- Hinkley would be 5th of its kind built -- none yet operating
- Reactors would provide 7 percent of U.K. power demand
After a decade of dealmaking and political brinkmanship, Electricite de France SA finally won the green light to build what will be the most expensive nuclear power station ever built, an 18 billion-pound ($24 billion) behemoth at Hinkley Point on England’s west coast.
It will cost more than the tunnel that connects England to France, use enough steel for a railway track between London and Rome and require enough concrete to build 75 sports stadiums.
Now, the French utility just needs to prove that its EPR technology -- the most powerful, complex and expensive in the world -- works. And that it can build the two 1,650-megawatt reactors on time and on budget. It hasn’t yet.
“We know that the hardest lies in front of us,” EDF Chief Executive Officer Jean-Bernard Levy said Thursday after the U.K. government approved the project. “My top concern is to show that we can rise to this industrial challenge.”
The EPR was designed more than a decade ago to offer unrivaled safety -- including a concrete shell thick and resilient enough to withstand a commercial plane cash --- and reduce atomic waste. French nuclear group Areva SA broke ground on the first project using the technology in Finland in 2005, and EDF followed at Flamanville in France in 2007. Then things started to go wrong.
In Finland, Areva has lost 5.5 billion euros ($6.2 billion) and the plant is almost 10 years late. At Flamanville, EDF’s costs have more than tripled to 10.5 billion euros, the project is six years behind schedule and the French authorities are investigating flaws in the reactor vessel manufactured by Areva. Both plants are due to be completed in 2018.
“Given the project history of the EPR technology, market confidence in Hinkley Point C being built on time or on budget, and therefore create shareholder value, is understandably low,” Ahmed Farman, an analyst at Jefferies Ltd. in London, said in a note Thursday.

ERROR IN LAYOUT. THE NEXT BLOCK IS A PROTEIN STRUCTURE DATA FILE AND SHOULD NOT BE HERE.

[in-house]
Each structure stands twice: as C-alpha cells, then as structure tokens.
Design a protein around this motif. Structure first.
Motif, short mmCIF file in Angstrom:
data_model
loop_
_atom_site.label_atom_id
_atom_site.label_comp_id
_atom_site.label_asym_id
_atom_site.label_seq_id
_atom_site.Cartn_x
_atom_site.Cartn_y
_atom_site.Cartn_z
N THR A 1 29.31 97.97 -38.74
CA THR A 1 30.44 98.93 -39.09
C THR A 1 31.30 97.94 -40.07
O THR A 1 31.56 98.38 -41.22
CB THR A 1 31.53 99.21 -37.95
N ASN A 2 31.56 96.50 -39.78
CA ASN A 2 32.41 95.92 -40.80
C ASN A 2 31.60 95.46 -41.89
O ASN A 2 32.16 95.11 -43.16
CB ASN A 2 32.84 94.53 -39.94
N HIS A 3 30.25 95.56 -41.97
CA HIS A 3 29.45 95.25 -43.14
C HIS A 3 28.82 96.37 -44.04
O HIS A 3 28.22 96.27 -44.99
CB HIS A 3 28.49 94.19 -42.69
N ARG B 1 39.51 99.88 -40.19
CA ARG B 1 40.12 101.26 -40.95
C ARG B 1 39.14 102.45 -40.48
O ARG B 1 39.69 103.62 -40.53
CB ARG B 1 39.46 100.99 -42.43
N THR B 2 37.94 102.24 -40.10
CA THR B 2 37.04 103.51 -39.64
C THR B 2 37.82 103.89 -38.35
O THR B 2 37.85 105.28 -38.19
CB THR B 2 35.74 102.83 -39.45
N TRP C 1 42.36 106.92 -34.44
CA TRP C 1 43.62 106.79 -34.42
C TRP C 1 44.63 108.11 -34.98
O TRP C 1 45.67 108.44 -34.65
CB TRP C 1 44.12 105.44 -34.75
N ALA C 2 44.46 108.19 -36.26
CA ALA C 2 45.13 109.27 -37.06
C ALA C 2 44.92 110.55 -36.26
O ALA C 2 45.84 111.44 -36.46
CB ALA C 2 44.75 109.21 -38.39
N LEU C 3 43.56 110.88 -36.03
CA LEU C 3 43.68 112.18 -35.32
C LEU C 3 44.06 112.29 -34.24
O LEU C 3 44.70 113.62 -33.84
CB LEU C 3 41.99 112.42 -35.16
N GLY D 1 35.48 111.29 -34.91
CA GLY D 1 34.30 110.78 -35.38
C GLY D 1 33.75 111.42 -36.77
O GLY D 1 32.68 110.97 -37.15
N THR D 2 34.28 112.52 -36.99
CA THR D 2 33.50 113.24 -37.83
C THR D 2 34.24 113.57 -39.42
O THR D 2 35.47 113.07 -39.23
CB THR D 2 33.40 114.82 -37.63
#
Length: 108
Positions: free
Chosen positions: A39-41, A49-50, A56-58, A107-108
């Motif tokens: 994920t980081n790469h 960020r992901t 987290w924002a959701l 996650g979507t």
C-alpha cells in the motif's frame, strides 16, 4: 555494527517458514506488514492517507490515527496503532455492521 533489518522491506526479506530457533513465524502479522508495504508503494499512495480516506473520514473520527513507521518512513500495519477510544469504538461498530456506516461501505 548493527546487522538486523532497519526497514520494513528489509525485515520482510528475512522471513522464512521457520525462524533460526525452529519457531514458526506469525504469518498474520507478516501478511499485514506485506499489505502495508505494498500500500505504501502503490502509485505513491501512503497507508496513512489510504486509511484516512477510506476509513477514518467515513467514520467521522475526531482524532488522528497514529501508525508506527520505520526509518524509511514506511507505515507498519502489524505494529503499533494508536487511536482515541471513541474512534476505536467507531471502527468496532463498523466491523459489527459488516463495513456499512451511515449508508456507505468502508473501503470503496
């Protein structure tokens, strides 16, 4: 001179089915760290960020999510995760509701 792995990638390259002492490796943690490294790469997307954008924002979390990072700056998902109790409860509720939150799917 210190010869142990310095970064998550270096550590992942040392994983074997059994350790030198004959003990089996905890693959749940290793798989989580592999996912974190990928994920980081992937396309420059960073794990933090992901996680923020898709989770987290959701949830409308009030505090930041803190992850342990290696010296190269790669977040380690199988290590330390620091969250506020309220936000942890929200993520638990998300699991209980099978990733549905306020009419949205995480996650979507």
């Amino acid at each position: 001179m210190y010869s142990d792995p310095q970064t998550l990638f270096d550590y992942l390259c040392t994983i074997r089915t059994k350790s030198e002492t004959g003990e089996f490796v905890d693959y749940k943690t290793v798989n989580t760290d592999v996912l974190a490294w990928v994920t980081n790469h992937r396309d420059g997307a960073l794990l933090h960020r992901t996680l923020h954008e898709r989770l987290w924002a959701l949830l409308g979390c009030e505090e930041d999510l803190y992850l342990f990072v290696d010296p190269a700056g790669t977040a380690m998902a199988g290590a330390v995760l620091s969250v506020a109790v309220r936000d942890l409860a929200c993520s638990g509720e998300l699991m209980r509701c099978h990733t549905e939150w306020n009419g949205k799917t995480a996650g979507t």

Those concerns drove out EDF’s chief financial officer earlier this year. Thomas Piquemal quit his post in March saying that the Hinkley Point project put the whole company at risk.
To help shoulder the construction costs, EDF convinced China General Nuclear Power Corp. to take 33.5 percent of the U.K. project. The Chinese utility said in May it’s hoping to start operating the two EPRs it’s building with EDF in Taishan as soon as next year.
CGNPC is also due also help fund two more EPRs in the U.K. at a later stage. In exchange, EDF will help CGNPC get a license to build a Chinese-designed reactor at Bradwell in the U.K.
For EDF, which needs to prepare for the progressive replacement of part of its 58 reactors in France and of its 15 aging reactors in the U.K. -- which hasn’t built a nuclear plant in more than 20 years -- the challenge is also financial.
EDF “will have to shoulder the financial implications of a very long construction phase during which the investment will not generate any cash flow,” Paul Marty, a vice president at Moody’s Investors Service, said Thursday in an e-mail.
To shore up its balance sheet, EDF plans to sell 4 billion euros of new shares by early next year and 10 billion euros of assets by 2020. It will also have to buy a majority stake in Areva’s reactor-manufacturing business, one of the main suppliers for Hinkley Point, as part of a French government-led rescue plan for the struggling nuclear group.
To attract the French and Chinese interest, the U.K. guaranteed that they can sell power generated by the plant at 92.50 pounds per megawatt-hour, more than double current market prices, for as long as 35 years.
That price is cheaper than power at recent offshore wind farm auctions, and the U.K. needs both nuclear and wind power, EDF Energy CEO Vincent de Rivaz said at a conference in London Friday. He reaffirmed that Hinkley Point will be on time and on budget.
The Hinkley Point investment will benefit from the lessons of the projects in France, China and Finland, and will generate an annual rate of return of 9 percent, Levy said. It may also encourage other European countries to build the low-carbon technology, he added.
“We have to roll up our sleeves,” Levy said. “It gives us a great responsibility.”